PH discovered new COVID-19 variant earlier than Japan, expert clarifies

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Although it was Japan that first announced the discovery of a new COVID-19 variant from the Philippines, local experts have been looking into it since the early part of March, the Philippine Genome Center told CNN Philippines. (FILE PHOTO)

Metro Manila (CNN Philippines, March 13) — Although it was Japan that first announced the discovery of a new COVID-19 variant from the Philippines, local experts have been looking into it since the early part of March, the Philippine Genome Center told CNN Philippines.

Executive Director Dr. Cynthia Saloma said that her team, along with the Department of Health and Epidemiology Bureau submitted data to the GISAID on March 3 after seeing new mutations on a variant. The GISAID is a global initiative that provides access to data on influenza viruses and the coronavirus.

Saloma said they got the confirmation that it was a new variant with the assigned name P.3 on March 10, two days before Japanese authorities announced that a traveler who arrived from the Philippines was infected with a variant that was distinct from those that were previously discovered in other countries.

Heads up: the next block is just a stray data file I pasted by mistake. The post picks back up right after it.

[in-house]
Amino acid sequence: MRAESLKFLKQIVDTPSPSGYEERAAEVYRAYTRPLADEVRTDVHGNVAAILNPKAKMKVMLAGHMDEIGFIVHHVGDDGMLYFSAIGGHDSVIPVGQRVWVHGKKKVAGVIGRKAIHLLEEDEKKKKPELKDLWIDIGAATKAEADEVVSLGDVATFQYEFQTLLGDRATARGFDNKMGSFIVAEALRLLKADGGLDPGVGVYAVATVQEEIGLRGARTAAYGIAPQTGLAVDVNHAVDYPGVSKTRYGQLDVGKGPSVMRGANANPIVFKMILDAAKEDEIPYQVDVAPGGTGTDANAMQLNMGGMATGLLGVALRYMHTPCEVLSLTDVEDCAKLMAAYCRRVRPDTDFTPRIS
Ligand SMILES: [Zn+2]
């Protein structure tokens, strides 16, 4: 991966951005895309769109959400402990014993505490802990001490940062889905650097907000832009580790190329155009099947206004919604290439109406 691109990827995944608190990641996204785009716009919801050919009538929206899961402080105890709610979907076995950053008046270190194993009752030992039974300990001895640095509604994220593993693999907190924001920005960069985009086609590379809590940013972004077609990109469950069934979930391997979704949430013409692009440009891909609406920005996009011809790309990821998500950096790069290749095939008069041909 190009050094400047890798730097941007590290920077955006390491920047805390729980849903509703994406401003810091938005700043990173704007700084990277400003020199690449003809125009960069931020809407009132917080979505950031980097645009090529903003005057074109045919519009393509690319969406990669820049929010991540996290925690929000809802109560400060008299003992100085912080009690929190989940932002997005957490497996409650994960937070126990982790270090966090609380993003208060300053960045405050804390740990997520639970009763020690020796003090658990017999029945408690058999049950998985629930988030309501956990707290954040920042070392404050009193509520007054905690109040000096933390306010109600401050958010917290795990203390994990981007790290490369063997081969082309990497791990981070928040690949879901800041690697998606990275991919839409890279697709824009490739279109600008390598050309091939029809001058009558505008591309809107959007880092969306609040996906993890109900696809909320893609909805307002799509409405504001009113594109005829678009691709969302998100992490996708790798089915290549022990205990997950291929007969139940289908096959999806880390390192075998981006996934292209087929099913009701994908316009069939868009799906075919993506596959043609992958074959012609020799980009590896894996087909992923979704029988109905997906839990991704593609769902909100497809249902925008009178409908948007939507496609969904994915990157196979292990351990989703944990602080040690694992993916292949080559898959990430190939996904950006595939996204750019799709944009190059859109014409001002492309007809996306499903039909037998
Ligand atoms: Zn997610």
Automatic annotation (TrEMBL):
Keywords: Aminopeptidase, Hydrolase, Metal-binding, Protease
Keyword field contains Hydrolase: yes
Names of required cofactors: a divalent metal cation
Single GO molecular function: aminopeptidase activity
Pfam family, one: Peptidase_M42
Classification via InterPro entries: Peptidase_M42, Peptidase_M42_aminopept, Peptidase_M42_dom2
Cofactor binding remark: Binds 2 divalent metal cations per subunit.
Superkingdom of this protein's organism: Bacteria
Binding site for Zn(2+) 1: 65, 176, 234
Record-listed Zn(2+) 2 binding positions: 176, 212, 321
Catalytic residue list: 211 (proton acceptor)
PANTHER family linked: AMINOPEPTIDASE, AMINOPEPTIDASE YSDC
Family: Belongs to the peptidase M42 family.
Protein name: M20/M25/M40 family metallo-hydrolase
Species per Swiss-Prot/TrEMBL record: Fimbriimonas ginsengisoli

"'Yung gusto ko lang po sabihin sa inyo na 'yung report ng Japan, huli na 'yon. Mas nauna po tayo," Saloma told CNN Philippines' Newsroom Weekend on Saturday.

[Translation: I just wanted to say that Japan's report was late. We were first.]

However, the DOH reported about the P.3 development only after Japan's report, adding that there are now 98 cases of the new variant in the country.

Saloma stressed that the World Health Organization has yet to determine if the variant is a "variant of concern" like the highly transmissible B.1.1.7 variant first detected in the United Kingdom, the B.1.351 from South Africa and the P.1 variant from Brazil which are also present in the country.

"Kailangan pa natin pag-aralan [We need to study] number one, what is the degree of spread or prevalence particularly in region 7? what is the degree of spread in the country? number two, is there an increase in transmissibility rate for that one?," said the expert.

Saloma stressed to the public that it is important to continue observing minimum health protocols as researchers continue to seek answers.